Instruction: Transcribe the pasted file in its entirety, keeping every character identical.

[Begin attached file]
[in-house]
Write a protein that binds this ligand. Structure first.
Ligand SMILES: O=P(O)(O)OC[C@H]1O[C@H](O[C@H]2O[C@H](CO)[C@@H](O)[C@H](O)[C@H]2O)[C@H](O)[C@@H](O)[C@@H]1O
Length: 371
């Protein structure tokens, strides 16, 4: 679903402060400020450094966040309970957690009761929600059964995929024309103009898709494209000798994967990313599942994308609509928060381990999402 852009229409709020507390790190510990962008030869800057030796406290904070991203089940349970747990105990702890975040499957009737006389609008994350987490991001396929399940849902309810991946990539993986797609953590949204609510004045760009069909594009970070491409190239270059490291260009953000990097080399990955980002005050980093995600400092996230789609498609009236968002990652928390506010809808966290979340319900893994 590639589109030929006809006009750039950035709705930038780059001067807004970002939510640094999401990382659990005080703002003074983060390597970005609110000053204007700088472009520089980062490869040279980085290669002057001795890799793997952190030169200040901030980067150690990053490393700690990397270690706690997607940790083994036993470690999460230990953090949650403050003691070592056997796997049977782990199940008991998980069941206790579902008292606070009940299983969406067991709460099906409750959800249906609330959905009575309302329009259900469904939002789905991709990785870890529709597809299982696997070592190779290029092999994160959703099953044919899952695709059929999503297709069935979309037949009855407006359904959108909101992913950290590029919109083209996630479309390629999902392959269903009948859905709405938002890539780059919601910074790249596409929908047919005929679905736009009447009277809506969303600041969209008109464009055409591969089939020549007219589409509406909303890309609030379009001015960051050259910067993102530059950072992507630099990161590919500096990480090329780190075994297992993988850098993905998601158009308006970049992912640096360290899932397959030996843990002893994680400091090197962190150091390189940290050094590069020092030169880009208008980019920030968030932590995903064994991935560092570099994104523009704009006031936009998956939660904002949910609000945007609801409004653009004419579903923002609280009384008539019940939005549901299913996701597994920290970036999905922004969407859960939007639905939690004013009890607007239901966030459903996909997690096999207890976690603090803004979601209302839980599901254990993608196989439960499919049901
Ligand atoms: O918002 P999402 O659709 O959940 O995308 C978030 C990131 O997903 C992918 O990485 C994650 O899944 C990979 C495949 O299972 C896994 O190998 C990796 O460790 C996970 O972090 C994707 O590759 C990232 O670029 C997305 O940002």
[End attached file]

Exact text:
[in-house]
Write a protein that binds this ligand. Structure first.
Ligand SMILES: O=P(O)(O)OC[C@H]1O[C@H](O[C@H]2O[C@H](CO)[C@@H](O)[C@H](O)[C@H]2O)[C@H](O)[C@@H](O)[C@@H]1O
Length: 371
């Protein structure tokens, strides 16, 4: 679903402060400020450094966040309970957690009761929600059964995929024309103009898709494209000798994967990313599942994308609509928060381990999402 852009229409709020507390790190510990962008030869800057030796406290904070991203089940349970747990105990702890975040499957009737006389609008994350987490991001396929399940849902309810991946990539993986797609953590949204609510004045760009069909594009970070491409190239270059490291260009953000990097080399990955980002005050980093995600400092996230789609498609009236968002990652928390506010809808966290979340319900893994 590639589109030929006809006009750039950035709705930038780059001067807004970002939510640094999401990382659990005080703002003074983060390597970005609110000053204007700088472009520089980062490869040279980085290669002057001795890799793997952190030169200040901030980067150690990053490393700690990397270690706690997607940790083994036993470690999460230990953090949650403050003691070592056997796997049977782990199940008991998980069941206790579902008292606070009940299983969406067991709460099906409750959800249906609330959905009575309302329009259900469904939002789905991709990785870890529709597809299982696997070592190779290029092999994160959703099953044919899952695709059929999503297709069935979309037949009855407006359904959108909101992913950290590029919109083209996630479309390629999902392959269903009948859905709405938002890539780059919601910074790249596409929908047919005929679905736009009447009277809506969303600041969209008109464009055409591969089939020549007219589409509406909303890309609030379009001015960051050259910067993102530059950072992507630099990161590919500096990480090329780190075994297992993988850098993905998601158009308006970049992912640096360290899932397959030996843990002893994680400091090197962190150091390189940290050094590069020092030169880009208008980019920030968030932590995903064994991935560092570099994104523009704009006031936009998956939660904002949910609000945007609801409004653009004419579903923002609280009384008539019940939005549901299913996701597994920290970036999905922004969407859960939007639905939690004013009890607007239901966030459903996909997690096999207890976690603090803004979601209302839980599901254990993608196989439960499919049901
Ligand atoms: O918002 P999402 O659709 O959940 O995308 C978030 C990131 O997903 C992918 O990485 C994650 O899944 C990979 C495949 O299972 C896994 O190998 C990796 O460790 C996970 O972090 C994707 O590759 C990232 O670029 C997305 O940002």